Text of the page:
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In WordPress, you can write either posts or Pages. When you’re writing a regular blog entry, you write a post. Posts, in a default setup, appear in reverse chronological order on your blog’s home page.

Pages are for content such as “About,” “Contact,” etc. Pages live outside of the normal blog chronology, and are often used to present timeless information about yourself or your site — information that is always applicable. You can use Pages to organize and manage any content.


In general, Pages are very similar to Posts in that they both have Titles and Content and can use your WordPress Theme templates files to maintain a consistent look throughout your site. Pages, though, have several key distinctions that make them quite different from Posts.

What Pages Are:

What Pages are Not:

  • Pages are not Posts, nor are they excerpted from larger works of fiction. They do not cycle through your blog’s main page. WordPress Plugins are available to change the defaults if necessary.
  • Pages cannot be associated with Categories and cannot be assigned Tags. The organizational structure for Pages comes only from their hierarchical interrelationships, and not from Tags or Categories.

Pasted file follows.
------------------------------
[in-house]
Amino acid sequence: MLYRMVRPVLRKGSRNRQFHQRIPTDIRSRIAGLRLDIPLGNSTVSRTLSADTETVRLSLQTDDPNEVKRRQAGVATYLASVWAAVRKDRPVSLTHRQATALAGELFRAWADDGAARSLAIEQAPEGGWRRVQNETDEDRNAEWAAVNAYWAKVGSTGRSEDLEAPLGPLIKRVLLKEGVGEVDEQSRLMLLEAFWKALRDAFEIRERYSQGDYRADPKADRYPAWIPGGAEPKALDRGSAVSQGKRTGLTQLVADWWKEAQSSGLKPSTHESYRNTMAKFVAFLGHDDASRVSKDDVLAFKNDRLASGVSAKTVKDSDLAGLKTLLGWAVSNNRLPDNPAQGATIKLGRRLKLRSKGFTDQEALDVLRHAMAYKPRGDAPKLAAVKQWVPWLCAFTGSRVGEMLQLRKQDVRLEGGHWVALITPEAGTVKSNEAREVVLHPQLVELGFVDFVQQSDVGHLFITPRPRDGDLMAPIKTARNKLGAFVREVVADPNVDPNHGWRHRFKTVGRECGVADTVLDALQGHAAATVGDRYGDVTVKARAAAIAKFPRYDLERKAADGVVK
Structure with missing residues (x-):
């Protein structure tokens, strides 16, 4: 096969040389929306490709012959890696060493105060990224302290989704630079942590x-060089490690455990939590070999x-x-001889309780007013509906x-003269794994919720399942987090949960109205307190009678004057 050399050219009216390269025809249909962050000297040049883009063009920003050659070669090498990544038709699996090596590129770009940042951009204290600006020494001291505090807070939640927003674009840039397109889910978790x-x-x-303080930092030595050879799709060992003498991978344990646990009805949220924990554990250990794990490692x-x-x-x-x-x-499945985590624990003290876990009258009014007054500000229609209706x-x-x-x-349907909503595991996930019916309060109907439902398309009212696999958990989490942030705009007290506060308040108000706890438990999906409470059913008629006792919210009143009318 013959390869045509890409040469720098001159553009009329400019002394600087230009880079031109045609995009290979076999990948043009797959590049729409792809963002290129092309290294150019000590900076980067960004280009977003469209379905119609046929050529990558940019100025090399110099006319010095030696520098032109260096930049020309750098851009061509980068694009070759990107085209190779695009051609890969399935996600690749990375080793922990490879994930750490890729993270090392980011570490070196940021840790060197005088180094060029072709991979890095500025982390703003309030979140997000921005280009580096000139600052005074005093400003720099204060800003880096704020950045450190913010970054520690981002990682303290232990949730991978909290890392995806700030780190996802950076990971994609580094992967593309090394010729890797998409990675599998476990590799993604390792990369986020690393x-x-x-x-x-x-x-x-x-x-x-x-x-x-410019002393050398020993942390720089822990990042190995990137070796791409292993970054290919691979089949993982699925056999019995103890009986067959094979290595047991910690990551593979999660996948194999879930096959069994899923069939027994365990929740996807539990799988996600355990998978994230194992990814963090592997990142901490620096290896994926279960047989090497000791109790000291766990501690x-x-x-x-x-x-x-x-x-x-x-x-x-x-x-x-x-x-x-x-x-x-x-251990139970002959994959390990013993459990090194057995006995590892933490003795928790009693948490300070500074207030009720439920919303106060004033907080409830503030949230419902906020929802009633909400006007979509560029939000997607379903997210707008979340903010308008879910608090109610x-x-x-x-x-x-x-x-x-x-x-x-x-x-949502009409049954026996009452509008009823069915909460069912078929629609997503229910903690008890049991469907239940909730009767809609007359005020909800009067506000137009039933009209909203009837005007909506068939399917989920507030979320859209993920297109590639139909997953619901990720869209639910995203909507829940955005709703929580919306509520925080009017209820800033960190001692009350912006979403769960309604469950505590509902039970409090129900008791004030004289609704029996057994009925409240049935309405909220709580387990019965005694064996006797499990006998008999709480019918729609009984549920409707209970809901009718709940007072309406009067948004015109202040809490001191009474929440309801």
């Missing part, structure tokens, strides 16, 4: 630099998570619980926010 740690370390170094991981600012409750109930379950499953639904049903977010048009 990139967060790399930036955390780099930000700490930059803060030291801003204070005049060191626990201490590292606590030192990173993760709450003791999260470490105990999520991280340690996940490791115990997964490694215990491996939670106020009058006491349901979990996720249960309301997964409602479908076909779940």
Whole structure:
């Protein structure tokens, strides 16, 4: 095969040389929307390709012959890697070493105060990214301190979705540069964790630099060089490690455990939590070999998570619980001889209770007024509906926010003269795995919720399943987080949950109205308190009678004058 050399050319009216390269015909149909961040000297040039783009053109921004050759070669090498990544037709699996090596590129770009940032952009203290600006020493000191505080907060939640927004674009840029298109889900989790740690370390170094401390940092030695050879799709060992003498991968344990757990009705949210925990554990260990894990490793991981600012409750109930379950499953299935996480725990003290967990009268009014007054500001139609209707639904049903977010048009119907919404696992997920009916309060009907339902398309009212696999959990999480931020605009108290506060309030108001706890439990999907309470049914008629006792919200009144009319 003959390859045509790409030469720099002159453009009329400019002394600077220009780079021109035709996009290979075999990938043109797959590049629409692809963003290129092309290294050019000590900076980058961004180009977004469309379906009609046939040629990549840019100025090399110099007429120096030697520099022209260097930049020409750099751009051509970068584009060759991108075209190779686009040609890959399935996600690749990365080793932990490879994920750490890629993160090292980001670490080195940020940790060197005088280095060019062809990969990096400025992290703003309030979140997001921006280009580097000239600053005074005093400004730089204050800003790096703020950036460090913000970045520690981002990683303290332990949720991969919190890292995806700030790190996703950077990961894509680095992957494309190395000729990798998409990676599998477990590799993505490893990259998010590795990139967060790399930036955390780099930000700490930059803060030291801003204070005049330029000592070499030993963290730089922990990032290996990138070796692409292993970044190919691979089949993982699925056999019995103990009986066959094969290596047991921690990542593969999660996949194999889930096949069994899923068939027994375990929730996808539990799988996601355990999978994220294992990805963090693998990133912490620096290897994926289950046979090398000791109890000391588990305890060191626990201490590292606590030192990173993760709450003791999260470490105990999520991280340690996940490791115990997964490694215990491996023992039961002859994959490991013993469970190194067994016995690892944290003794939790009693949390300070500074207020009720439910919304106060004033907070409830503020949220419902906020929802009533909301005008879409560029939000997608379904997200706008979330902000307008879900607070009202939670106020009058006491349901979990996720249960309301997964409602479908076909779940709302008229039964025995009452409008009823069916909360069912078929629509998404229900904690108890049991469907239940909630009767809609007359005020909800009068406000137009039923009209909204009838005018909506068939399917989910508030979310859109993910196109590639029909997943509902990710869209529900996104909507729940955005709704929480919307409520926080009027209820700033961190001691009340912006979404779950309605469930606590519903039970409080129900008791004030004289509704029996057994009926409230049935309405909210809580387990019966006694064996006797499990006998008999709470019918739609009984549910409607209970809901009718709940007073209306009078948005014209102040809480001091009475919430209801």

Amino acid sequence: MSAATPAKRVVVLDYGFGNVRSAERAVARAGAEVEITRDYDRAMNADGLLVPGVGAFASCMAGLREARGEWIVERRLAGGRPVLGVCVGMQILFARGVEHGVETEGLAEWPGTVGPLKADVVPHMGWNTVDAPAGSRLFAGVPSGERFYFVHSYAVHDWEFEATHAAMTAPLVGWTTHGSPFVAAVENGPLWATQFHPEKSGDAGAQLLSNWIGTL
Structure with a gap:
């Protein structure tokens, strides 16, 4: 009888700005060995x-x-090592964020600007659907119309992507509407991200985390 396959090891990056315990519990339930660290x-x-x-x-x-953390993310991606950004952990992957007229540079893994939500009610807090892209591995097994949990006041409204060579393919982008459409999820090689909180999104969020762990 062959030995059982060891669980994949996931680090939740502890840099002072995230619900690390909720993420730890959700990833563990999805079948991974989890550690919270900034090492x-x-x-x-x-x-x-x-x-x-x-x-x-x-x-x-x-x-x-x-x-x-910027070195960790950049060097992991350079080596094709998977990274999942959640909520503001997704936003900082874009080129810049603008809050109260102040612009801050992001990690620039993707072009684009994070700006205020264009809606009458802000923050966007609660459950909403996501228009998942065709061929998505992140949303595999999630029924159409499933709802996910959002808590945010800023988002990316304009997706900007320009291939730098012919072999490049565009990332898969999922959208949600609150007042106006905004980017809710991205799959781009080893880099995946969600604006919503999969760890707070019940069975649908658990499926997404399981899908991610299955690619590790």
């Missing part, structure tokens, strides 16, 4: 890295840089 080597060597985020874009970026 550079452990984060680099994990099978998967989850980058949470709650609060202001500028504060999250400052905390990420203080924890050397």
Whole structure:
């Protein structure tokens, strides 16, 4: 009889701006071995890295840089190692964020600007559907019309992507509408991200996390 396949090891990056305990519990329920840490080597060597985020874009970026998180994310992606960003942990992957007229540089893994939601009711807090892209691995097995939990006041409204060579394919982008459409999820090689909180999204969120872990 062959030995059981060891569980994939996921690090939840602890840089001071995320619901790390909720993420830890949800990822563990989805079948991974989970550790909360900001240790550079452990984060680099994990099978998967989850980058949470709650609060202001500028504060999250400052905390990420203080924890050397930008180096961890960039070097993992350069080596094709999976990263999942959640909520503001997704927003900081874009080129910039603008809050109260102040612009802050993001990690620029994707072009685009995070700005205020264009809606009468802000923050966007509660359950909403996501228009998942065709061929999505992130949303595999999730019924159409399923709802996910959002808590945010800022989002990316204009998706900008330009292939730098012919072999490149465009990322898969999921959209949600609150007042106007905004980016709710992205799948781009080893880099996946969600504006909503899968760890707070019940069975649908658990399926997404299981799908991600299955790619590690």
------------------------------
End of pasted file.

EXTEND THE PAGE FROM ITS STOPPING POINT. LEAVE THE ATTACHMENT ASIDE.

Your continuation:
• Pages are not files. They are stored in your database just like Posts are.
  • Pages are not included in your site’s feed.

Changing the URL of Your Pages

To change the URL part (also referred to as “slug”) containing the name of your Page, use the “Edit” (or “Change Permalinks” in older WordPress versions) button under the Page title on the Edit screen of the particular Page, accessible from Pages tab of WordPressAdministration Panel.

Creating a List of Pages

WordPress is able to automatically generate a list of Pages on your site within the sidebar or footer, for example, using a Template Tag called wp_list_pages(). See the wp_list_pagespage for information on how to customize how WordPress displays the list of Pages on your site.

There are also WordPress Plugins that will help you display a list of Pages within in Posts and in other areas of your WordPress Theme.

Creating Your Own Page Templates

The files defining each Page Template are found in your Themes directory under /wp-content. To create a new Custom Page Template for a Page you must create a file using a plain text editor (e.g Notepad or TextWrangler). Let’s call our first Page Templatesnarfer.php.

At the top of the snarfer.php file, put the following:

Template Name: Snarfer

The above code is required and defines the snarfer.php file as the “Snarfer” Template. “Snarfer” may be replaced with most any text to change the name of the Page Template. The Template Name will appear in the WordPress Theme Editor for editing. For more information on Theme naming conventions see reserved Theme filenames for file names you should not use.

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